For each type there are two categories: active and passive.
There are two kinds of littering: intentional and accidental.
Let’s focus on the intentional littering. Nothing much we can do to control cargo spills, catastrophic weather events, refugee migrations, the unintentional events when garbage can escape to litter the land and seas.
But there’s a whole lot we can do to control the kind of littering that’s deliberate, encompassing anything from a dropped or flicked cigarette butt or spat piece of chewing gum to the takeout packaging, beverage and coffee cups left behind or hurled on the go. The first and most obvious thing to say here is, just don’t do it.
Non-litterers do not litter. Full stop. They dispose of their garbage responsibly and properly. That’s not to say that they don’t accidentally litter from time to time. A tissue escaping from a pocket, a paper on the dashboard picked up by the wind and sucked out of the car window, an item that dropped, went wayward, was lost on the ground somewhere – occasionally this will happen to an avowed non-litterer.
The difference between an active non-litterer and a passive non-litterer is that an active type will pick up litter. Passive litterers don’t feel they should have to pick up any litter. They feel that job belongs to the people who put it there. Their rationale goes like this: “I don’t litter so I don’t see why I should have to pick up someone else’s.” It might also include a statement that picking up litter is “the city’s job.”
An active non-litterer understands that the only way to solve the littering problem is to pick up after others. There are several reasons why picking up is important. One, clean spaces are less likely to attract littering because “litter begets litter.” Two, being seen picking up litter is a direct way to influence the thinking and behaviors of others. This is the idea behind role modeling, that positive, active and visible engagement is influential.
Now let’s talk about the people who litter. The lowest ranked and least respected type is the active litterer. Fortunately, this group comprises a vast minority of people who litter – about 12 per cent. Not only do they litter and not care, active litterers would likely rudely refuse to correct their mistake if asked. They embrace a range of chronic littering behaviors from routinely leaving their take away packaging in the restaurant parking lot, or at the roadside, to wholesale dumping activities. Perhaps unsurprisingly, most in this group are young males.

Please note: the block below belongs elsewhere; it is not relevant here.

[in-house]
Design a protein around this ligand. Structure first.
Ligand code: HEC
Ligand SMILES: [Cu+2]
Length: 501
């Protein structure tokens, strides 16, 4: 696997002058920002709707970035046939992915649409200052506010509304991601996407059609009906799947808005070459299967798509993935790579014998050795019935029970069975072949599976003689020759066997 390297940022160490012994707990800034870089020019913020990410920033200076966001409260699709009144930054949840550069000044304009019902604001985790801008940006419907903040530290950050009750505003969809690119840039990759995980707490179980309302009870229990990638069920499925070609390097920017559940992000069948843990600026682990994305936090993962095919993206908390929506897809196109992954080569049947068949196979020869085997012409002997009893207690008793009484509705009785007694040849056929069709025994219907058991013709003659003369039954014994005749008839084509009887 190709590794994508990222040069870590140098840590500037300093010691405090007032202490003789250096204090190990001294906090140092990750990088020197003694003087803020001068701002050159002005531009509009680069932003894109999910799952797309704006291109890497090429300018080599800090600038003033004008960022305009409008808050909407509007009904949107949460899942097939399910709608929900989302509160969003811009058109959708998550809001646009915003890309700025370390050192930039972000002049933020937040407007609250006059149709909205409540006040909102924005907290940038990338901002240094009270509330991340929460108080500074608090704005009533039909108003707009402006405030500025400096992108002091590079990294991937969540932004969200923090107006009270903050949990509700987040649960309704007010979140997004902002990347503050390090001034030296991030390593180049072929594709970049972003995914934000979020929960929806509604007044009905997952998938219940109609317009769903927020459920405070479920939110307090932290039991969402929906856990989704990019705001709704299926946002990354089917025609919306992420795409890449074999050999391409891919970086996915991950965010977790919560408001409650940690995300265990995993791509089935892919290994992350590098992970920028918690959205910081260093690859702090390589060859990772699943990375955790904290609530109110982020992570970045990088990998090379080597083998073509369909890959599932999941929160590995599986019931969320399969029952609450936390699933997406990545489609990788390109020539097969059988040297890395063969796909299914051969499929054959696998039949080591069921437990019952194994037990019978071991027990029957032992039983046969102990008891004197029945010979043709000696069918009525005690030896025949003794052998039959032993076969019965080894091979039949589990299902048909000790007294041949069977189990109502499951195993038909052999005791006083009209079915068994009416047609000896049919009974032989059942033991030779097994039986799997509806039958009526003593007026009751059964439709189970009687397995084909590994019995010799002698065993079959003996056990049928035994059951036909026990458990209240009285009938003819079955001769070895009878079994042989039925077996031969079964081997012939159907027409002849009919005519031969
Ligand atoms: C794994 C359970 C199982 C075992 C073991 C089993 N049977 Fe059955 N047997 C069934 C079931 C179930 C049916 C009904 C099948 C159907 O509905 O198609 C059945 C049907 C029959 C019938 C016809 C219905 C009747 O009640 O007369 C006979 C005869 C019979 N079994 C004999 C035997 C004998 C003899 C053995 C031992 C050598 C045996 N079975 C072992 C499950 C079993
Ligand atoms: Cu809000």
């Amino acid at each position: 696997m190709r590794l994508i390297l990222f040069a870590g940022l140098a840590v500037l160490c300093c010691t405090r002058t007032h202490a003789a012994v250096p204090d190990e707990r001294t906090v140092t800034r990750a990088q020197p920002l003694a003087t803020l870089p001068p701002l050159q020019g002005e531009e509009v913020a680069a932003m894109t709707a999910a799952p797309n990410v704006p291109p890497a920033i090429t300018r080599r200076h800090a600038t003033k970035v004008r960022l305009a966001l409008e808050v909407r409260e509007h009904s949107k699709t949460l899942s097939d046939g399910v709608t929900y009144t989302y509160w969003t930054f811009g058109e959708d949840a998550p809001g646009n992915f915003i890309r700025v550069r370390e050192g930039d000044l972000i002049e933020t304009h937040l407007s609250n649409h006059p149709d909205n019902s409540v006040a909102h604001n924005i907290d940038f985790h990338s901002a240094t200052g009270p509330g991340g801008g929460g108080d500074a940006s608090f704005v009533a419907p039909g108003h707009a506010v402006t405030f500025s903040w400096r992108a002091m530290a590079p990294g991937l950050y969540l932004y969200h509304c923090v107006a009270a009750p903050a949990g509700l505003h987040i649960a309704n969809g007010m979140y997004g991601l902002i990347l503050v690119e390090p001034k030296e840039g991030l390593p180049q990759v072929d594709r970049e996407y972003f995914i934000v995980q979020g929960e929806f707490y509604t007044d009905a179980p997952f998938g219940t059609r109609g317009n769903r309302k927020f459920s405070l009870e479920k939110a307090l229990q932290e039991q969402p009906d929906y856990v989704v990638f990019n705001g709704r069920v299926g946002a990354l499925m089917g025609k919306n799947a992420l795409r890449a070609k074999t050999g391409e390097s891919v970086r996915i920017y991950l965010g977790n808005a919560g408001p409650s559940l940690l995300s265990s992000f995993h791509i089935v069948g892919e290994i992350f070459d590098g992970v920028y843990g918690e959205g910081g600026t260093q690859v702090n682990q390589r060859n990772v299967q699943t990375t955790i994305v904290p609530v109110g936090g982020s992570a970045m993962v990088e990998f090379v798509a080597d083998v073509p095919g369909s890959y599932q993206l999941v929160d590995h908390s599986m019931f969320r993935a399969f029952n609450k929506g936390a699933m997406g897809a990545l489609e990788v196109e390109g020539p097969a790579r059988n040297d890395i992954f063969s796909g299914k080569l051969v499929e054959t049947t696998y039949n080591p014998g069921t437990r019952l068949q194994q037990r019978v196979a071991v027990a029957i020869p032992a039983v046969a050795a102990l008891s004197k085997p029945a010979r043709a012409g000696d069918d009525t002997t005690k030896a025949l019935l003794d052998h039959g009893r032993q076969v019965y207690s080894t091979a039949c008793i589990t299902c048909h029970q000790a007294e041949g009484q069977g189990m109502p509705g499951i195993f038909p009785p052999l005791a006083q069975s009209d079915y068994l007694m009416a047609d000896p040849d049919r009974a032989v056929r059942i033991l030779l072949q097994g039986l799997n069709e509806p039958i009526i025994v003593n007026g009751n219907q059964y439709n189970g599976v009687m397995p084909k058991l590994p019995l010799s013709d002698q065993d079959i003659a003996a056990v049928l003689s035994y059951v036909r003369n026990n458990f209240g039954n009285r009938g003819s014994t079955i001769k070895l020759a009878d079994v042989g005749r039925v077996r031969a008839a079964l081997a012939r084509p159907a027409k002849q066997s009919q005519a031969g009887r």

Passive litterers are people who litter when it hampers their convenience or cramps their comfort. Lack of bins is one common excuse they use for littering. But unlike their active counterparts, the passive litterers will pick up litter when called on it. When their littering is pointed out to them, they will correct their behavior, then give one of several pat reasons that people give for their littering. They might apologize also.
It is a hopeful sign that 88 per cent of people who litter are willing to correct their littering when asked in most circumstances. At the very least they will hear critical feedback and allow it to register.
That’s why it is so important to speak up about littering in a nice way when you see it happening. Odds are, the person who litters will be embarrassed into compliance. Dare we dream that they learn something indelibly and accept that littering is wrong?
Now to the final leg of this theory: to solve littering we need everyone to move up a rung.
If you’re an active non-litterer, be more active. Pick up more. Report problems more. Speak up and teach more.
If you’re a passive non-litterer, make the incremental shift to active. Join a clean team. Pick up litter once in a while.
If a passive litterer, deem yourself a passive non-litterer: look after your own disposables responsibly. Use a bin. That’s all. You don’t have to pick up litter, just don’t create any.
And to the hardcore, active litterer, why not consider graduating to the role of a passive litterer? You may not be ready to use a bin or litter bag full time yet, but you could start using one when asked instead of getting angry.
This is my solution for lowering the rate of littering, which hovers around 40%.